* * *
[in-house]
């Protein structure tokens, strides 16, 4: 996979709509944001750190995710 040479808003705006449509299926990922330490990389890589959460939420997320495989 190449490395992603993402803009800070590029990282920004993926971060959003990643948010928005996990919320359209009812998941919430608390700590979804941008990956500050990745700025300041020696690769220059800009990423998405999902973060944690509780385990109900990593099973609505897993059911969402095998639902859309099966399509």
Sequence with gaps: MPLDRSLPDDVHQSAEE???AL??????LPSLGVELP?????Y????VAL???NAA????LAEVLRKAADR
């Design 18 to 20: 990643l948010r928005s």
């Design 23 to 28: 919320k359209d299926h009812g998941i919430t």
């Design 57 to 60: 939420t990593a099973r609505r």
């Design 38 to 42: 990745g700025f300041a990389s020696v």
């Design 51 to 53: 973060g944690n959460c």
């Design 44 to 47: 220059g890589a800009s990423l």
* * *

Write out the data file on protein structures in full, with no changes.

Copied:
[in-house]
């Protein structure tokens, strides 16, 4: 996979709509944001750190995710 040479808003705006449509299926990922330490990389890589959460939420997320495989 190449490395992603993402803009800070590029990282920004993926971060959003990643948010928005996990919320359209009812998941919430608390700590979804941008990956500050990745700025300041020696690769220059800009990423998405999902973060944690509780385990109900990593099973609505897993059911969402095998639902859309099966399509």
Sequence with gaps: MPLDRSLPDDVHQSAEE???AL??????LPSLGVELP?????Y????VAL???NAA????LAEVLRKAADR
């Design 18 to 20: 990643l948010r928005s």
């Design 23 to 28: 919320k359209d299926h009812g998941i919430t």
């Design 57 to 60: 939420t990593a099973r609505r």
């Design 38 to 42: 990745g700025f300041a990389s020696v």
């Design 51 to 53: 973060g944690n959460c």
């Design 44 to 47: 220059g890589a800009s990423l």